Johnson will lose either way

The British prime minister's negotiating position is worsening by the day, the Neue Zürcher Zeitung points out:

“Boris Johnson is facing pressure from all sides: any agreement must also be sold to the hardliners in his party, with whom his relationship has deteriorated. ... And if an agreement is reached it will be more difficult for him to pass the buck on to the EU if Brexit does bring tangible economic losses. A no-deal, on the other hand, would mean that new negotiations with the EU would have to start again in 2021 to keep the damage to a minimum. The Brexit woes would continue - and free trade agreements, for example with the US, would be pushed into the distant future. None of these are good prospects for the beleaguered prime minister.”

The Spectator (GB) /

Scottish separatists see their chance

More Scots than ever before are in favour of independence, according to a recent survey. This is mainly because London is heading for a hard Brexit which the majority of Scots had rejected, writes The Spectator:

“It cannot be repeated too frequently that Brexit is the sole reason this argument has substance right now. No Brexit, no material change in circumstances that might justify revisiting the national question while the embers of 2014 still glow. Nicola Sturgeon and the SNP would still campaign for independence but they wouldn't have any good argument for demanding a second referendum. Well, however disagreeable you may think it, they have a decent one now.”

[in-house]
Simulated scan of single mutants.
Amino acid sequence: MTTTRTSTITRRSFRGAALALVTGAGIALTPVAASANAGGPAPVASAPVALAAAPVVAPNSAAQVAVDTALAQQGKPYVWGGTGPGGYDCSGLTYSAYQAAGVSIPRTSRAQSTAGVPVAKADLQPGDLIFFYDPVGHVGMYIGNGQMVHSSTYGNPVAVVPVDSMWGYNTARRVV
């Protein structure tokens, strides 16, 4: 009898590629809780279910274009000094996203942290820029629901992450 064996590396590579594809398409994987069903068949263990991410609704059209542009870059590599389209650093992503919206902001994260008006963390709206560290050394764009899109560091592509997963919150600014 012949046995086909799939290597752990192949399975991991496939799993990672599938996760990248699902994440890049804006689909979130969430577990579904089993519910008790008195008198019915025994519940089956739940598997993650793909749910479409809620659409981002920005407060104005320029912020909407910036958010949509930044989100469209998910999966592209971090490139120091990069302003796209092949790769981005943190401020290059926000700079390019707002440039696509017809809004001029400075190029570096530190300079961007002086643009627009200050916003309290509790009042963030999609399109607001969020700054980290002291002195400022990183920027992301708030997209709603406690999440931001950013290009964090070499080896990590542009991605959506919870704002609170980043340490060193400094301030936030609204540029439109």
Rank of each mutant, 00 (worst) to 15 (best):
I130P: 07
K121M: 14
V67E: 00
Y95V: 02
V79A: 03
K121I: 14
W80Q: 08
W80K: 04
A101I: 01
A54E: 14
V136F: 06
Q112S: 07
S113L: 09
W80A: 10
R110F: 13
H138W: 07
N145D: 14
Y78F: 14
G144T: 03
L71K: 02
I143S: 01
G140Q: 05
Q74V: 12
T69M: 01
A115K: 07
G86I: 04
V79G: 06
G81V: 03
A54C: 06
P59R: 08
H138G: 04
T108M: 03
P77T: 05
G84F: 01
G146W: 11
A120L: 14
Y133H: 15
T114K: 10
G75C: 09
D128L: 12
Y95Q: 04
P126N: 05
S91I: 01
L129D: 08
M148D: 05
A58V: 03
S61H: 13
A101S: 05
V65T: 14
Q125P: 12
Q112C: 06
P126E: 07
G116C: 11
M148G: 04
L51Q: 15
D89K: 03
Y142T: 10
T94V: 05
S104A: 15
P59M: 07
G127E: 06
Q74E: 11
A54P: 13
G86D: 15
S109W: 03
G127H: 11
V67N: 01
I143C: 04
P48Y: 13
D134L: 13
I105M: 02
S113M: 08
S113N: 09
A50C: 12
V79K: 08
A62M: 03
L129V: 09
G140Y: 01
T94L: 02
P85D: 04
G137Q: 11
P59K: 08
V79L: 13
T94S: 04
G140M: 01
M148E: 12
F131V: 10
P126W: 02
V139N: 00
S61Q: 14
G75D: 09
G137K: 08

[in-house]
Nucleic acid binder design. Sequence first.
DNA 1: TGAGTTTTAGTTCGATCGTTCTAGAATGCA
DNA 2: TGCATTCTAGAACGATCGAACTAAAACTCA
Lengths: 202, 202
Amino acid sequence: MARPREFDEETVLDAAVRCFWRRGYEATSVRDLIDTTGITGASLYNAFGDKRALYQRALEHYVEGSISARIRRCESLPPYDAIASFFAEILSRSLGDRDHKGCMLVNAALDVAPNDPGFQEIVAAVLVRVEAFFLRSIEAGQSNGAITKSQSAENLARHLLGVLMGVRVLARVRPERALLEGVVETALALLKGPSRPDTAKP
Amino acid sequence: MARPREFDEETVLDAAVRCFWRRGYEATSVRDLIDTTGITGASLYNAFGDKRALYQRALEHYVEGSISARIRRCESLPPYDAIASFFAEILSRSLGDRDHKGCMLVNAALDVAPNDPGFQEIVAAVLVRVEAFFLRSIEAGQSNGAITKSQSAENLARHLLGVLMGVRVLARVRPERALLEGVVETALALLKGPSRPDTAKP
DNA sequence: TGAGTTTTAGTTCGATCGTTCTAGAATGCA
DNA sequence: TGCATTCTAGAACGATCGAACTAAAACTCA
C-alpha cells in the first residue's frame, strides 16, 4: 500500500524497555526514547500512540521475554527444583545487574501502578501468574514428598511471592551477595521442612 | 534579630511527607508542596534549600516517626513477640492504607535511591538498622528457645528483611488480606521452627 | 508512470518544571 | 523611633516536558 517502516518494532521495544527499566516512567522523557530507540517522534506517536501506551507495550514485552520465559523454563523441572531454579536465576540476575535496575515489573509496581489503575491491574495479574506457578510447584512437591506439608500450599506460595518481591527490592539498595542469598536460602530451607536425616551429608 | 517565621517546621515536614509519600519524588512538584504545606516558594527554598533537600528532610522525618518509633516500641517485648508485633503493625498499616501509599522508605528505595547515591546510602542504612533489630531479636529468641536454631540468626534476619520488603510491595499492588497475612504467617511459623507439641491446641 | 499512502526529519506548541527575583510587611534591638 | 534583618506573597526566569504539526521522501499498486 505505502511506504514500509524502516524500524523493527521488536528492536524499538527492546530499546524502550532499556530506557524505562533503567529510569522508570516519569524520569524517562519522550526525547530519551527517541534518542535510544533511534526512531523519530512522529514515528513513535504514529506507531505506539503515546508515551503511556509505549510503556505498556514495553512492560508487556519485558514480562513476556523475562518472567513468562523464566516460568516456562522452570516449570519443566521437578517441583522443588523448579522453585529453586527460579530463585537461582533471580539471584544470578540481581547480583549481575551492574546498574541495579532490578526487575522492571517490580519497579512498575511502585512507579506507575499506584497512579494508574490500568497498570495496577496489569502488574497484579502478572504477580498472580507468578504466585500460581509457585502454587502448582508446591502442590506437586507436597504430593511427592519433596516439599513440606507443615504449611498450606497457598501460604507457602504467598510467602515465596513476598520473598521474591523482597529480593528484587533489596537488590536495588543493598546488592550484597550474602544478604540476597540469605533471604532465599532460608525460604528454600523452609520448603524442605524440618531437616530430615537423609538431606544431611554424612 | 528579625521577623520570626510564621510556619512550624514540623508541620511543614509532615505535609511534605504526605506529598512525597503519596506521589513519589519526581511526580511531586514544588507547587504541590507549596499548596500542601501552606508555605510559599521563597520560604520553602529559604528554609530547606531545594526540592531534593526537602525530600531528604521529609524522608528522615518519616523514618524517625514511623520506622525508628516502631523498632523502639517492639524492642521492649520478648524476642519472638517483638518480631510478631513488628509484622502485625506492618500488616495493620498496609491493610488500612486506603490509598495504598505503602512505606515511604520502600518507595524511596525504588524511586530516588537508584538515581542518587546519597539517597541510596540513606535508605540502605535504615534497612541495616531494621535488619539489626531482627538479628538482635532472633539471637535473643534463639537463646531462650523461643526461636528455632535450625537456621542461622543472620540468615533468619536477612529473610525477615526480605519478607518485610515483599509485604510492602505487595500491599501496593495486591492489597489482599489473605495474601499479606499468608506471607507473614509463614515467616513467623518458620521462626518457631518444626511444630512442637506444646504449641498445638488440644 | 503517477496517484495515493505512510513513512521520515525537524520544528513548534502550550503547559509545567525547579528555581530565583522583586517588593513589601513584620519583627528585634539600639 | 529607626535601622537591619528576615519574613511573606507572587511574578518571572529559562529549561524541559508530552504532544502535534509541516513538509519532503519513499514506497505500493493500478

Les Echos (FR) /

A brutal rupture would exacerbate the crisis

A no-deal scenario must be avoided at all costs, the heads of the employers' associations of France, Germany and Italy warn in an appeal published by Les Echos:

“Our companies are spending all of their energy coping with the health, social and economic consequences of the Covid-19 crisis. ... They are committed to revitalising our economies while overcoming the inevitable challenges in terms of environmental protection and digitalisation. A brutal break between the EU and Britain would only exacerbate the situation and lead to the loss of tens of thousands of jobs - and companies - in our countries. ... We solemnly call on the negotiators to do everything in their power to reach a comprehensive and ambitious agreement in the interest of Europe and Britain, which can come into force on January 1.”

Helsingin Sanomat (FI) /

Heading for a rude awakening

Many British are indulging in wishful thinking, Helsingin Sanomat observes:

“Although a large section of the British population thinks the post-Brexit era has already begun, this is not the case. We are in the eleven-month transition phase - and it will soon be over. The EU hopes to conclude a new partnership agreement with Britain before then. ... A no-deal Brexit would be very problematic for many companies. ... For the British economy the withdrawal is a catastrophe, with or without a deal, because no agreement can deliver anything that compares to staying in the EU's single market. This is the best phase in the Brexit. The British have secured their exit but are not yet facing the consequences.”